The importance of this amendment is based also on the Israeli Court Statistics reports which revealed the average cases per judge in Israel is more than 1,000 cases per year. This is also right to 2013 annual report concerning first instance courts' burden. Thus, arbitration might be the best way for reaching a balance concerning the number of Judges won't changes soon.

The Arbitration Law requires an arbitral award to be in writing, signed and dated by the arbitrator.  If the award was rendered by more than one arbitrator2, then the signatures of the majority (together with an explanation for the absence of the rest of the signatures), is sufficient. The arbitral award can be approved as a judicial award in accordance with Article 23 of the Arbitration Law through a simple procedure, which results in the award being recognized as a judgment of the Court. However, a motion for setting aside the award may be filed within 45 days of receiving the award. If an application for the approval of the award has been filed, then the deadline is shortened to 15 days as long as the  full  period of 45 days had not passed3.  The Court may set aside the award in whole or in part, supplement, amend, or return it to the arbitrator for one of ten reasons4.  These include cases in which the arbitration agreement was found to be invalid, cases of the arbitrators exceeding their authority, or instances in which a party was not given an appropriate opportunity to make its claims or present its evidence. These reasons concern mainly irregularities and misconduct in the arbitration process rather than matters of content of the arbitral award. However, due to the fact that in the traditional process there was no appeal option to deal with possible substantive mistakes, losing parties often tried to base their claims on such reasons.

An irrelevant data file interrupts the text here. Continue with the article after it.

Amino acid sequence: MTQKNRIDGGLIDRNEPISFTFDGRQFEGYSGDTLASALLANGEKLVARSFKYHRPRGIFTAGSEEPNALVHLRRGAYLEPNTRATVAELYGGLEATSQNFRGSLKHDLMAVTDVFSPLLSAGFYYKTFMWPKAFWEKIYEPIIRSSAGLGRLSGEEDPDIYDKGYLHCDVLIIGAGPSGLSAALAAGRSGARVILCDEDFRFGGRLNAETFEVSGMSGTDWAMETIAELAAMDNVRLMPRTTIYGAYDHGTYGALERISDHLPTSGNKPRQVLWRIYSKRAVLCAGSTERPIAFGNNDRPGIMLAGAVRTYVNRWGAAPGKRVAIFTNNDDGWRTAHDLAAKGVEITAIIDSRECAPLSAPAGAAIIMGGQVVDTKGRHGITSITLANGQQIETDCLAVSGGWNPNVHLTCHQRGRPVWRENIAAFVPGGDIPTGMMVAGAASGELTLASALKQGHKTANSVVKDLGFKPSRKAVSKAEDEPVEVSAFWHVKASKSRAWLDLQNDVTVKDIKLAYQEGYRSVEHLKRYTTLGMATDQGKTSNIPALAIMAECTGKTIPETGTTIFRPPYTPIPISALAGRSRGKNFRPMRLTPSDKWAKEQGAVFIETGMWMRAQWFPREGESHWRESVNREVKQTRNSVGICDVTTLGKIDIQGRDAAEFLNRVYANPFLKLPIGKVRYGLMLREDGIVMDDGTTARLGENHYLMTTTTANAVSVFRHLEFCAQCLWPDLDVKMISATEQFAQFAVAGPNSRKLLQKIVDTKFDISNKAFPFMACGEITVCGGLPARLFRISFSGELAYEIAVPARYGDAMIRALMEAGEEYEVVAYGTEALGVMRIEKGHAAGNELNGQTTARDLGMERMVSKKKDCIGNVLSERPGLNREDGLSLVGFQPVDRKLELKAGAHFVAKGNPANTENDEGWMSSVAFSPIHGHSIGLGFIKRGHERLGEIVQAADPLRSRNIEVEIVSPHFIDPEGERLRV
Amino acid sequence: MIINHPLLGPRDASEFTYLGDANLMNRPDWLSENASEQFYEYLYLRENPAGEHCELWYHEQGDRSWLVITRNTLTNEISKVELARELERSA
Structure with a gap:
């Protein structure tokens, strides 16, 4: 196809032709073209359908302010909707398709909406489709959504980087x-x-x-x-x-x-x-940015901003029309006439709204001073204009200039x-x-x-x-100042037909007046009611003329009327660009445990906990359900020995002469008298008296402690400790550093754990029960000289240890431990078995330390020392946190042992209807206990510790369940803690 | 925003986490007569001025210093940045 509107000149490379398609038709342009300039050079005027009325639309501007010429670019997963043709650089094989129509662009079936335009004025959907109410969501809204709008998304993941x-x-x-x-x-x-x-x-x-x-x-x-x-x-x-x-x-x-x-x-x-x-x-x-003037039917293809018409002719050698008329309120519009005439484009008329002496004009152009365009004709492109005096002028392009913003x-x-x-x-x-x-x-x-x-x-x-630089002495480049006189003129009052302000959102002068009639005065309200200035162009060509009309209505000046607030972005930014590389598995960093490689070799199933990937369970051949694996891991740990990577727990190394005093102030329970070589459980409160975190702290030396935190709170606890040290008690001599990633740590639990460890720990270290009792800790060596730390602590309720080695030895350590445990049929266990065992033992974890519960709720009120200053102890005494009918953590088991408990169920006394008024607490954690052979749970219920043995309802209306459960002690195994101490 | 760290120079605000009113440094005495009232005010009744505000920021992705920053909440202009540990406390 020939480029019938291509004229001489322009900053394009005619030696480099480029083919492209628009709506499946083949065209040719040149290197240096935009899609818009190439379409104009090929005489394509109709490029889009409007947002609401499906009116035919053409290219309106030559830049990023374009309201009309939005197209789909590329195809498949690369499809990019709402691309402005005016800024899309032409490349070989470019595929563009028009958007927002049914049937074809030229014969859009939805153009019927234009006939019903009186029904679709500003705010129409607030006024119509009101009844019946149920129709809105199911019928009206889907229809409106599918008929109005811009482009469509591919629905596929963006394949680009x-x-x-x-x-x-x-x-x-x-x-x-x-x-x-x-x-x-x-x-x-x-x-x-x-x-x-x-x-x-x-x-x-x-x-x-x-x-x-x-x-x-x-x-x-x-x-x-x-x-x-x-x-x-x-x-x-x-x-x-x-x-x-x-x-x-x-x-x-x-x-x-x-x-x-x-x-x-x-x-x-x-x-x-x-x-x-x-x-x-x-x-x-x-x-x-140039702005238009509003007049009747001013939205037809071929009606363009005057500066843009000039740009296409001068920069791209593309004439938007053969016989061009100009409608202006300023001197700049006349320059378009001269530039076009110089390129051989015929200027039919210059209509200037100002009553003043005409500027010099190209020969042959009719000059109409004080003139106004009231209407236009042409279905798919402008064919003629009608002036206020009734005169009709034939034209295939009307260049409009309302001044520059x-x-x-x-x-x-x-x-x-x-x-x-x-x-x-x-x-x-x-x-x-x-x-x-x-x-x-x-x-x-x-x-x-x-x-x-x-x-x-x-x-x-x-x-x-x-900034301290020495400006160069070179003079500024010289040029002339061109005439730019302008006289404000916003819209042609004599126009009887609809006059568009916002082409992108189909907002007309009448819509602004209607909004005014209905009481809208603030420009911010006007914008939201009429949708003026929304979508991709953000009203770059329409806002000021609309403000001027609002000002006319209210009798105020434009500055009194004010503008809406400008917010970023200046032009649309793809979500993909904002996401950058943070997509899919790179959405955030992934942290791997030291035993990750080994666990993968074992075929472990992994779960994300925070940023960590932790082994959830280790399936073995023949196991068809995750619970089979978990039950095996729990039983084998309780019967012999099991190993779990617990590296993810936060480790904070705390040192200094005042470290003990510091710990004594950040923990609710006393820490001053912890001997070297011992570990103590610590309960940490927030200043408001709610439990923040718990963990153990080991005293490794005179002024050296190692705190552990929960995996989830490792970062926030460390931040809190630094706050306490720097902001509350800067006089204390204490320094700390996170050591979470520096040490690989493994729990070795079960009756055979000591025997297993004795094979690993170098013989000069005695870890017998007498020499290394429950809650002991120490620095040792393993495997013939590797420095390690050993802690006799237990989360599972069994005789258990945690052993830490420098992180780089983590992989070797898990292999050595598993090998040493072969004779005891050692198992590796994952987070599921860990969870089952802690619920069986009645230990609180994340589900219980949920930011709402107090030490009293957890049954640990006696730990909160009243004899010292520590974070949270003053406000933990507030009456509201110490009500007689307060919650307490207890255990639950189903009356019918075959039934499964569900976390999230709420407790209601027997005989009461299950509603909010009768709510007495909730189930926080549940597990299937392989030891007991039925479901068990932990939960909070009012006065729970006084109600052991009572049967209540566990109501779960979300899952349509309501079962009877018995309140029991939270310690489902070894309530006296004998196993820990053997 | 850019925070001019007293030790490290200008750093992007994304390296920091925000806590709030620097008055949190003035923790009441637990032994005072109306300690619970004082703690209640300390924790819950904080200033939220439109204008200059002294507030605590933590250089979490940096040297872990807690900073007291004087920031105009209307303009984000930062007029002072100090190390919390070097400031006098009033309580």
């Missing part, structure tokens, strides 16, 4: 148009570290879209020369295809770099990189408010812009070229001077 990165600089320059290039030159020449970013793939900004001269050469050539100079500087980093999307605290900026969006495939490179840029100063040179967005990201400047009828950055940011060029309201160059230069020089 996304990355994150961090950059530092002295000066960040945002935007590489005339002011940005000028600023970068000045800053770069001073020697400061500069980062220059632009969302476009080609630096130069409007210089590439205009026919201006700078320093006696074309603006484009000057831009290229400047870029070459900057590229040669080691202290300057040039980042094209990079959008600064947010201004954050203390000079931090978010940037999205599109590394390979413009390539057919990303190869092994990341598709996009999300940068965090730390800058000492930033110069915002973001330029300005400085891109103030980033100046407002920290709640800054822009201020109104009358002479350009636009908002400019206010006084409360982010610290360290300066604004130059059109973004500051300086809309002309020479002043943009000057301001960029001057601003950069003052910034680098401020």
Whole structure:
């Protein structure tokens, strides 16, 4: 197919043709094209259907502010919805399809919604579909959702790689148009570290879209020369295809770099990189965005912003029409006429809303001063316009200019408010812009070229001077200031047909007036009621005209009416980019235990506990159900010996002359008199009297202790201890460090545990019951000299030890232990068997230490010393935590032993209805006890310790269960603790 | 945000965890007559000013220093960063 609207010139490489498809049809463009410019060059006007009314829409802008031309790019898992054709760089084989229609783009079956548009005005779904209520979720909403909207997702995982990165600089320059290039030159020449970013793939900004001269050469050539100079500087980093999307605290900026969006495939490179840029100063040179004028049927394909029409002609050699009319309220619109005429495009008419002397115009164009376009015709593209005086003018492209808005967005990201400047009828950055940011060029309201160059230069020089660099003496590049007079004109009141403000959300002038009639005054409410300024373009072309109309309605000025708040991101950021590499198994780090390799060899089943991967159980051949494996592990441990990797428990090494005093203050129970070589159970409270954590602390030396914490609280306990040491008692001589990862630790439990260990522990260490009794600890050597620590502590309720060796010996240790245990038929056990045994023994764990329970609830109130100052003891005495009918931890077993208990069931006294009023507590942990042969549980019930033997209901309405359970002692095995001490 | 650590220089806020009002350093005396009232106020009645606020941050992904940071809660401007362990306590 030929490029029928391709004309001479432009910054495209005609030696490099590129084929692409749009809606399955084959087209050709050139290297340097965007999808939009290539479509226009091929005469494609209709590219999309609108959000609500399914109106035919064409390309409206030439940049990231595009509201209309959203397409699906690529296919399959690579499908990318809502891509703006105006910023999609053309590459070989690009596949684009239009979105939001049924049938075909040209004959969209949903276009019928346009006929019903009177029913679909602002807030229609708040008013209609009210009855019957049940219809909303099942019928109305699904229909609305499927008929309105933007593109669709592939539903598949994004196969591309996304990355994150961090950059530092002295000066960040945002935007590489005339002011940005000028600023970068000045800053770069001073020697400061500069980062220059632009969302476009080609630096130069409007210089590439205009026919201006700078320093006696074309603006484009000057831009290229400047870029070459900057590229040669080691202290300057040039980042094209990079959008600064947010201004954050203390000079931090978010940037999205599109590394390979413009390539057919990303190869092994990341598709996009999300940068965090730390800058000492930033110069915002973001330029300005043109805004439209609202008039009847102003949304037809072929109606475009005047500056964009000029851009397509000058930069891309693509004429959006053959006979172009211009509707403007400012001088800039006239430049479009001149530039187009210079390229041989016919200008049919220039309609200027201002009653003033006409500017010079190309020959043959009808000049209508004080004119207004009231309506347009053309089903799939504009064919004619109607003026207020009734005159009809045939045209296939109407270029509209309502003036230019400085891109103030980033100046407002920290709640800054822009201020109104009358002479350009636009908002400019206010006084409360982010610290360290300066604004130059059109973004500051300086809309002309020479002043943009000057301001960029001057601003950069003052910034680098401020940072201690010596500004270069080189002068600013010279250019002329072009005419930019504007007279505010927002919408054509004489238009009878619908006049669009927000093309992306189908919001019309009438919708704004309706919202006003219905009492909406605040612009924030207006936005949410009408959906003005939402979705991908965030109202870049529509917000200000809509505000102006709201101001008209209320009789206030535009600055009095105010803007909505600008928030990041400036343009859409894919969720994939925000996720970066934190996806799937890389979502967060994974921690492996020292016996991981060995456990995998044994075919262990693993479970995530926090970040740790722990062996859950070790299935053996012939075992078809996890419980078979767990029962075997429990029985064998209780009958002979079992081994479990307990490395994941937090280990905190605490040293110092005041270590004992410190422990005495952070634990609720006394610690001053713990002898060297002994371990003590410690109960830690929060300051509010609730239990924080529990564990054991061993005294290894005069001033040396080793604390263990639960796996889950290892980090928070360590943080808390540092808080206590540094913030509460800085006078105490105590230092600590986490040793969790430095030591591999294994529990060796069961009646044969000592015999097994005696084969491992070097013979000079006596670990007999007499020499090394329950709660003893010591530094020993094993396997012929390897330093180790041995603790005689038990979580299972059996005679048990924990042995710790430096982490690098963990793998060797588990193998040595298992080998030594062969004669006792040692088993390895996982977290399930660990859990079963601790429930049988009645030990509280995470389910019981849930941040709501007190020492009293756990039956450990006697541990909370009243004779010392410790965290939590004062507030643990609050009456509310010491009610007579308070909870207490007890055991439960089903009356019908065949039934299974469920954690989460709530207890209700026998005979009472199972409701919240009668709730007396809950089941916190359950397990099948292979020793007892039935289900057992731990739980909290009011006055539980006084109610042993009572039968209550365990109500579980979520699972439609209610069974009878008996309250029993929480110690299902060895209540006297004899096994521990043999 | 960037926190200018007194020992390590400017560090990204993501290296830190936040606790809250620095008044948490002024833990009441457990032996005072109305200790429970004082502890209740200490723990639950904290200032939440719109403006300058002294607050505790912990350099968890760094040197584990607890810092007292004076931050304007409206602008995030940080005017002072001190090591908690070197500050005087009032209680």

The Israeli Courts' approach toward arbitral awards is generally favourable and they are usually approved as judicial awards, enabling their enforcement. The 1969 Arbitration Procedure Regulations ("Regulations”) govern Court procedures implementing the Arbitration Law and ensure its enforcement.

On the international arbitration front, Israel ratified in  full  and unconditionally the 1958 New York Convention on Recognition and Enforcement of Foreign Arbitral Awards ("New York Convention”) on June 10th 1958, 
which  came into force in Israel on June 7th 1959. The Regulations for Execution of the New York Convention ("New York Regulations”) were published on August 6th 1978 and came into force on September 5th of that year. The Israeli Courts have been robustly enforcing the New York Convention ever since5.
While the Israeli Arbitration Law does not include a definition of "International Arbitration", it refers to it implicitly in Articles 6 and 29a. Article 6 governs the issue of a stay of proceedings ordered by the court when an International Convention governs the dispute, and Article 29a governs the recognition and enforcement of Foreign Arbitration Awards. In practice, both of these matters are also governed by the New York Convention.

Advocate Ronen Setty was the Israeli Rapporteur to the "ICC Guide of National Rules of Procedure for Recognition and Enforcement of the N.Y Convention Awards", 2008 and is a Member of the ICC World Commission on Arbitration and A.D.R, Paris, France.
1Article 3 of the Israeli Arbitration Law, 1968.
 2Article 20 of the Israeli Arbitration Law, 1968.
 3Article 10 of the Israeli Arbitration Regulations, 1968.
 4Article 24 of the Israeli Arbitration Law, 1968
5Pursuant to Articles 5, 6 and 29A of the Israeli Arbitration Law, 1968.